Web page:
Summer is a good time for festivals and new album releases. Mayday Parade know this all too well. They may well be enjoying Warped Tour over in the States right now, but their brand new record Sunnyland was released just a week after their appearance at UK rock and metal festival Download.
So, when I spoke to bassist Jeremy Lenzo and lead guitarist Alex Garcia that weekend before their LP dropped, both were looking forward to finally getting their new music out there.
Alex: “We’re feeling very good. We love all the songs. It was a long process, so honestly for me I’m just excited for its release and to start touring off of it. We took so long off and we’ve been working on those songs and preparing for this, so it’s been a long process and it’s so great to finally be putting it out.”
Jeremy: “I think there’s a good mix of all the albums, I think. It’s got a little bit for everyone.”
Sunnyland is a pretty great album, but so it should be since Mayday Parade started out with a plethora of songs at their disposal:
Alex: “To be honest with you, some of those songs were written shortly after we released our last album. But I guess we started writing again together as a band last January in 2017. That’s kind of like the official start of whenever we were writing together as a band. But like I said, y’know, some of those songs are two or three years old.”
Jeremy: “When we got together to show all our ideas we had somewhere around eighty songs that we had all worked on. So, we were like, “How do we narrow down eighty songs to thirteen songs?” It took a while to figure out which ones we thought had the most potential, but we’re happy with what we put on the album.”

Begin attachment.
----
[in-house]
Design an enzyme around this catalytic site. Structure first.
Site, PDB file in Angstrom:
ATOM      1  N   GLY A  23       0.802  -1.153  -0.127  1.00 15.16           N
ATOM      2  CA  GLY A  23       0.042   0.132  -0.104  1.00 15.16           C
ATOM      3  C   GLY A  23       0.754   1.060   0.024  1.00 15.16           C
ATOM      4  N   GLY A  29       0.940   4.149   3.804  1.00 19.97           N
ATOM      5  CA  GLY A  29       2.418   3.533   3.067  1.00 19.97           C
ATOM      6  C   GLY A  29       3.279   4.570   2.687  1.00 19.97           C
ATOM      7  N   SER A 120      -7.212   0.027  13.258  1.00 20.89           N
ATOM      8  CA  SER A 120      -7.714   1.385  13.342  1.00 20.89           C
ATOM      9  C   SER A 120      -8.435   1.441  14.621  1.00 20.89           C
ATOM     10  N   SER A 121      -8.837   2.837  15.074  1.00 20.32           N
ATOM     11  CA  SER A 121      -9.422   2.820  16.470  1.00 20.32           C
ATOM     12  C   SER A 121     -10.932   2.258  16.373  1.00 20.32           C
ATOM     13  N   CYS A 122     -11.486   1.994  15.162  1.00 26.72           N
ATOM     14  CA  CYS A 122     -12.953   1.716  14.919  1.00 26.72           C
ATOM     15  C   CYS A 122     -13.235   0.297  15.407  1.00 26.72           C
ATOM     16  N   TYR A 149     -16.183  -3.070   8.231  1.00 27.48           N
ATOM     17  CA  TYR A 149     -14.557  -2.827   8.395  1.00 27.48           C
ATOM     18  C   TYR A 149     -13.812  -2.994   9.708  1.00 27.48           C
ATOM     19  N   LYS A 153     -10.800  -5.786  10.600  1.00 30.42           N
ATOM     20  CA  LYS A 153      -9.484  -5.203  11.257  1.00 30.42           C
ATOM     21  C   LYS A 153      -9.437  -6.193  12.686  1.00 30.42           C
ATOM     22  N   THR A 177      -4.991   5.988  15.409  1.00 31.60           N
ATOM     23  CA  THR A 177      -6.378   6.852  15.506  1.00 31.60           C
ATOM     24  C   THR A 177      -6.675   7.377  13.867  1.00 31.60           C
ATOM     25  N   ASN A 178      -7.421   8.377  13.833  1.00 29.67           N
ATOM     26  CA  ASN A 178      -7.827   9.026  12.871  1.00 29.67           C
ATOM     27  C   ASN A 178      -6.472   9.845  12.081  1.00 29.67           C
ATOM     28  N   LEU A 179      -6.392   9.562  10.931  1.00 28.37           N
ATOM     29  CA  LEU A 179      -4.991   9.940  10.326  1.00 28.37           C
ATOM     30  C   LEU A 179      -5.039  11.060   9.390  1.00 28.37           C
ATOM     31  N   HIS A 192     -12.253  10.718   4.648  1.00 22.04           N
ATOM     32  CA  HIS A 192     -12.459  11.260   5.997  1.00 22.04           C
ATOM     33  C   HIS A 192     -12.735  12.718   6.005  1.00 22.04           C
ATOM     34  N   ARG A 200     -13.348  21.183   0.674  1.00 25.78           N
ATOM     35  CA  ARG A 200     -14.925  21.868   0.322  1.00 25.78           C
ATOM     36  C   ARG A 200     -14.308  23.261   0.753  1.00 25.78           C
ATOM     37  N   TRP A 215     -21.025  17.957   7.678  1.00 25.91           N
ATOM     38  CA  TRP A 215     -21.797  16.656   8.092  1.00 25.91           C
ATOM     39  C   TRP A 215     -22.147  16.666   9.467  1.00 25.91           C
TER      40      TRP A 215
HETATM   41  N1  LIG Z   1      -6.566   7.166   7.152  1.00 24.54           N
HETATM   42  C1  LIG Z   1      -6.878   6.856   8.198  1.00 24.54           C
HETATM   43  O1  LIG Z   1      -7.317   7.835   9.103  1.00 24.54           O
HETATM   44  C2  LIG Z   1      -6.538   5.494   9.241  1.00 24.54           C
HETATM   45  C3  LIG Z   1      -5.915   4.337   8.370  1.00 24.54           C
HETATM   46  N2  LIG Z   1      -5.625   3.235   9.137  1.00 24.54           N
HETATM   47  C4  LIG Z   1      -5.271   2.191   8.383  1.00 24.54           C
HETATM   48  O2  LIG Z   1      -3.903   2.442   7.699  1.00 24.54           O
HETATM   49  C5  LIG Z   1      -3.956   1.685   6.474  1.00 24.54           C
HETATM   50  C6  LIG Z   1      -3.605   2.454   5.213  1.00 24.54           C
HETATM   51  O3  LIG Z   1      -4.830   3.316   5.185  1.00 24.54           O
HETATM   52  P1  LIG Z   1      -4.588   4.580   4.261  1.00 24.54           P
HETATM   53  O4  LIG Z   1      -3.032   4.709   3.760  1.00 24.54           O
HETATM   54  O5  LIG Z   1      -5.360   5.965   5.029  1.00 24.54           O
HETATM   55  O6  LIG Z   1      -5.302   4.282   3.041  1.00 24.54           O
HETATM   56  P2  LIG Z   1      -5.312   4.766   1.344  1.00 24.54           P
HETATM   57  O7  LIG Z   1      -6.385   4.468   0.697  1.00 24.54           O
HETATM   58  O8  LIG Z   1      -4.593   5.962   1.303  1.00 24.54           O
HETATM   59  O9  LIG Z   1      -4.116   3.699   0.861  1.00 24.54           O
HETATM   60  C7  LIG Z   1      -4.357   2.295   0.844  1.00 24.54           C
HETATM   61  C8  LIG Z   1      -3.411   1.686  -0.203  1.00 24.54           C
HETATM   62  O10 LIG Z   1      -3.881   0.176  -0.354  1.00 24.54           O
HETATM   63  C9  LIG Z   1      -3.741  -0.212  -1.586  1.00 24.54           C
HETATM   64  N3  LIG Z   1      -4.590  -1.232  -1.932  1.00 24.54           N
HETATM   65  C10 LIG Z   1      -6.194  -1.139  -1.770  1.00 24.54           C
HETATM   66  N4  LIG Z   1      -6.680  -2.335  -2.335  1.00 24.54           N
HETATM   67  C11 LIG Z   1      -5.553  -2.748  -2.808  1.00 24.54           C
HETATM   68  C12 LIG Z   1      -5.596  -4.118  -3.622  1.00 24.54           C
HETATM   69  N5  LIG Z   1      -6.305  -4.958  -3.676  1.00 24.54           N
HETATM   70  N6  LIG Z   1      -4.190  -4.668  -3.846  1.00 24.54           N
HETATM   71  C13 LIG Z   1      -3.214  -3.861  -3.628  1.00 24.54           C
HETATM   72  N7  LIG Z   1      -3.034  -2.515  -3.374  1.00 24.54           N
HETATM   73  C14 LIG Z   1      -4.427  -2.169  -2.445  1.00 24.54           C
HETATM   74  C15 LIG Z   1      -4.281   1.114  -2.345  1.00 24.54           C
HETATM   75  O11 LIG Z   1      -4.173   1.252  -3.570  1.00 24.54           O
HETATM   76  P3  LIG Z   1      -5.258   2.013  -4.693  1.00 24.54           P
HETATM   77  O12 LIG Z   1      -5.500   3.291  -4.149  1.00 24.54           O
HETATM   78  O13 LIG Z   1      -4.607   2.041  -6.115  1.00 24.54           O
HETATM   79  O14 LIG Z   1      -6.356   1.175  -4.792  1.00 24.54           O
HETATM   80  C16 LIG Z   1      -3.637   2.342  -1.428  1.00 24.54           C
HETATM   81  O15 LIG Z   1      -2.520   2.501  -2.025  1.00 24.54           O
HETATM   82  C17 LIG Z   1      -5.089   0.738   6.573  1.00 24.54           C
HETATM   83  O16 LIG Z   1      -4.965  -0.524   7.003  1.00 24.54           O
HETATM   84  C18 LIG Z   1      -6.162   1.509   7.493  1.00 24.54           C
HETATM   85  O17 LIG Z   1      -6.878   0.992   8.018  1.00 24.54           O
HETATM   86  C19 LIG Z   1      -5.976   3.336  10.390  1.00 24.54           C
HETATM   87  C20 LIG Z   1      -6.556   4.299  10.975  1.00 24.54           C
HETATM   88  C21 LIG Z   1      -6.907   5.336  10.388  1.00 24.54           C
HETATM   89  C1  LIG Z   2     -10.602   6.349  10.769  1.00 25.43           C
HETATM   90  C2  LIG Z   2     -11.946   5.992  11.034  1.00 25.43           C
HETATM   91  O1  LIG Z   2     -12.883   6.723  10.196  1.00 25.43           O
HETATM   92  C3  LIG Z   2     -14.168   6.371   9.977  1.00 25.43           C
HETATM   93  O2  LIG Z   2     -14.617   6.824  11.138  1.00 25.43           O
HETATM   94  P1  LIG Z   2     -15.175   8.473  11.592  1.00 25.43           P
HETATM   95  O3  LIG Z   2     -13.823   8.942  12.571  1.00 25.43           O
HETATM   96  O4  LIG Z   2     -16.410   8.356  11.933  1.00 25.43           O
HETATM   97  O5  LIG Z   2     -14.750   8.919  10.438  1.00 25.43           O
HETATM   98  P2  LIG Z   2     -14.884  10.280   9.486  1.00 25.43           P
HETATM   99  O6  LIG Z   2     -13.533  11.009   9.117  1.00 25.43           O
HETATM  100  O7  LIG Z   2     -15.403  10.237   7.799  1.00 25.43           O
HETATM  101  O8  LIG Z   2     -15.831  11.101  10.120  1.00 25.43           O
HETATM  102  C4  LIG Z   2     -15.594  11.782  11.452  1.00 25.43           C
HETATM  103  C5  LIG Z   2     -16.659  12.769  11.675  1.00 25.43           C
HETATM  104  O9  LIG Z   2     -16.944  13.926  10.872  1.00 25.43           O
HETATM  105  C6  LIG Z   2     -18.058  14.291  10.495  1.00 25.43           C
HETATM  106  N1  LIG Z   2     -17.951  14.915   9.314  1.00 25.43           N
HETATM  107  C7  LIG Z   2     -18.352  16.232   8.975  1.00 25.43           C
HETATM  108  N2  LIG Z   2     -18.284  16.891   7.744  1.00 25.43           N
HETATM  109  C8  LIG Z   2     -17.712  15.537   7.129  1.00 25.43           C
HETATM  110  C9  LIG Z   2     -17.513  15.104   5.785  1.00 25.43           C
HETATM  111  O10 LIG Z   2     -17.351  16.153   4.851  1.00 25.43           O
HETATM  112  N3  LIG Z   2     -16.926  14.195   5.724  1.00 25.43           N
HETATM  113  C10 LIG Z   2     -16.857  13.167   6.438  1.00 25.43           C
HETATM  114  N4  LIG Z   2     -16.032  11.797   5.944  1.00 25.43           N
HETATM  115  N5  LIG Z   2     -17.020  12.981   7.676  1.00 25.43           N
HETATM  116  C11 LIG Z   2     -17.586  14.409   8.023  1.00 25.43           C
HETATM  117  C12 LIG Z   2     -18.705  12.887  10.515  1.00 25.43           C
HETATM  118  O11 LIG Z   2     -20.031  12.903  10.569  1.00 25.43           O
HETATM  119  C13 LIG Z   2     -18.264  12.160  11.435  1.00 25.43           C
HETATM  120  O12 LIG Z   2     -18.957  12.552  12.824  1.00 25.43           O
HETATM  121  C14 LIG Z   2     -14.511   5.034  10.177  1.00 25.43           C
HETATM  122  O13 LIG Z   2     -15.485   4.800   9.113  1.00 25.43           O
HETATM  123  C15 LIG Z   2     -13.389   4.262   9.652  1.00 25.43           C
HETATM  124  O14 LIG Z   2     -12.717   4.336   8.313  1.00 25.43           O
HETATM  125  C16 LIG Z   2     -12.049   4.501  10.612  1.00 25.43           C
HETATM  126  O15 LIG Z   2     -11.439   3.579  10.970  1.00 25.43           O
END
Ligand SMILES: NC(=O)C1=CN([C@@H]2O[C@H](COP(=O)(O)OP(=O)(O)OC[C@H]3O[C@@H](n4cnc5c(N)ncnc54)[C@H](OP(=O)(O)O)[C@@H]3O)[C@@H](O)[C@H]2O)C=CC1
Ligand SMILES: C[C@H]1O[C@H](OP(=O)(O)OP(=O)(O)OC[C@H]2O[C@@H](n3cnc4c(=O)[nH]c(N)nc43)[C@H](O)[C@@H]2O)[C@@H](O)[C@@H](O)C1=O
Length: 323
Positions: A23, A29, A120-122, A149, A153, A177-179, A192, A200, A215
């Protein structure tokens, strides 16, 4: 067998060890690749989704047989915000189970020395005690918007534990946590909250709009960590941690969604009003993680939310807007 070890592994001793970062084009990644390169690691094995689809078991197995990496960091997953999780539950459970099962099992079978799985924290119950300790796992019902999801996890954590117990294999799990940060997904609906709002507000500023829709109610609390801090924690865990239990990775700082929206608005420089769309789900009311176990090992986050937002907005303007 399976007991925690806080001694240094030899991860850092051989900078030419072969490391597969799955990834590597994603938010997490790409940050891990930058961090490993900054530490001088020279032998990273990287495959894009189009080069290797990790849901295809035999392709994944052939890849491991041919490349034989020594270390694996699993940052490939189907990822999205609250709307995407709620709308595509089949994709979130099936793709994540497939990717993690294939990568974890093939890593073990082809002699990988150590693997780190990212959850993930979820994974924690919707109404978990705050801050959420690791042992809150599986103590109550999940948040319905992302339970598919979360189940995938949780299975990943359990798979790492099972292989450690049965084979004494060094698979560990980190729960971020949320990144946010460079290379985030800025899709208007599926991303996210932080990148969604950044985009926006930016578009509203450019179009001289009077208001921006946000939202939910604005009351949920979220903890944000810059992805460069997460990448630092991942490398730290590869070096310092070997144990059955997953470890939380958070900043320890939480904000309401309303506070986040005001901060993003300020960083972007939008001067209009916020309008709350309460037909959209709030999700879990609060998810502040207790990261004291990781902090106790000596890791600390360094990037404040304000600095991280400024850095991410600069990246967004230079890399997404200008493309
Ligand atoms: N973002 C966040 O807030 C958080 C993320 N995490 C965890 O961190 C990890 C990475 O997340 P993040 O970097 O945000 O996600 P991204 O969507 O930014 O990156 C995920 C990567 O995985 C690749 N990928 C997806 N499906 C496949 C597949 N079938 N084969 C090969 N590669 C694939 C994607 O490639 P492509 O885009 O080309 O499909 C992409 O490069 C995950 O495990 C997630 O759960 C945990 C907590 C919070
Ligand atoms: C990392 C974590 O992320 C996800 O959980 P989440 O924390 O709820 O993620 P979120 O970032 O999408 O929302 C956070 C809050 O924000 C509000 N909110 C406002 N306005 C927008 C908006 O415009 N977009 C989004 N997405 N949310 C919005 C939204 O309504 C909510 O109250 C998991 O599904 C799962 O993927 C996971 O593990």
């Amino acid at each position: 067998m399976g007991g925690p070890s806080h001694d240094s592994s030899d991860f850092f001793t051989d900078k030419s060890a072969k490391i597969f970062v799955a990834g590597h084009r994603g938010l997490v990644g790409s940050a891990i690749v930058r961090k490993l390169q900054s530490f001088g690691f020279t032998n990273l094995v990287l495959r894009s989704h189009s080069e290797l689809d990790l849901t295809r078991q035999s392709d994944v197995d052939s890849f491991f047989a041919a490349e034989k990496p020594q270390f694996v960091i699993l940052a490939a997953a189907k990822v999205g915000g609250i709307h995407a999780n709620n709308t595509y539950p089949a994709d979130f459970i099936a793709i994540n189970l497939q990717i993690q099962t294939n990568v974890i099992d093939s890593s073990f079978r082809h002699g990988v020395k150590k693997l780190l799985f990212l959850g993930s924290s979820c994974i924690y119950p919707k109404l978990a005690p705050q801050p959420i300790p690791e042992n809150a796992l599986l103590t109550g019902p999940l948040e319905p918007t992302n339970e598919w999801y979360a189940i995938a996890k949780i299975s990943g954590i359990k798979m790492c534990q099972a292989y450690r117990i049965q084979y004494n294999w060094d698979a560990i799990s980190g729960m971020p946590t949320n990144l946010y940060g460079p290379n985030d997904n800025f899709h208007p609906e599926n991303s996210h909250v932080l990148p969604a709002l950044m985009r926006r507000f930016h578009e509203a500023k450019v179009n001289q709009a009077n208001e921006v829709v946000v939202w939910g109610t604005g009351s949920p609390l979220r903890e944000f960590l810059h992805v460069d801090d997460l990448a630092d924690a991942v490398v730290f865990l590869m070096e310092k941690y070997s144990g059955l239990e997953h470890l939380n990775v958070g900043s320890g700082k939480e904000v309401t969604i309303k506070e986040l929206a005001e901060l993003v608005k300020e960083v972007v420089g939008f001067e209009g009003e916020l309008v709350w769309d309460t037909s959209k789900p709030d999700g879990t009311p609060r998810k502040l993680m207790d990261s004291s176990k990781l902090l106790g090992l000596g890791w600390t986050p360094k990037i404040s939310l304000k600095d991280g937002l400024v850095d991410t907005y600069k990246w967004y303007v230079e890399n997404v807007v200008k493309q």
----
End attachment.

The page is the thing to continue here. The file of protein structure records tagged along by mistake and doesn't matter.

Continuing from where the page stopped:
Sunnyland is a gorgeously nostalgic album for me. It’s definitely an update on noughties emo rock. It’s just the right balance between summer pop vibes and frustrated angst you can only get from the Sunshine State’s favourite rock band. Star track for me personally is It’s Hard To Be Religious When Certain People Are Never Incinerated By Bolts of Lightning; a song title which mid-noughties Fall Out Boy would be kicking themselves for not coming up with first. It’s a very moody track with plenty of pop-punk riffs, and it’s as bitter in its lyrics as its title may suggest. The title, I learned, is from a Calvin and Hobbes comic; the newspaper print is hugely popular in the States, but it hasn’t quite gained the same notoriety over the Atlantic. I’m definitely going to look it up though.
And, if anyone was wondering how Mayday Parade did when it came to their live performance that afternoon on the Avalanche Stage at Download Festival, it’s safe to say they smashed it. That’s unsurprising since this band has been going strong for over a decade. This setlist was chock-full of classic Mayday: even “Three Cheers for Five Years” from their self-released debut EP Tales Told by Dead Friends all the way back in 2006 were featured. To see a band so excited for their new material, whilst still loving and appreciating their very oldest is delightful to see.
If their track record is anything to go by, they might just have started on album number seven as we speak…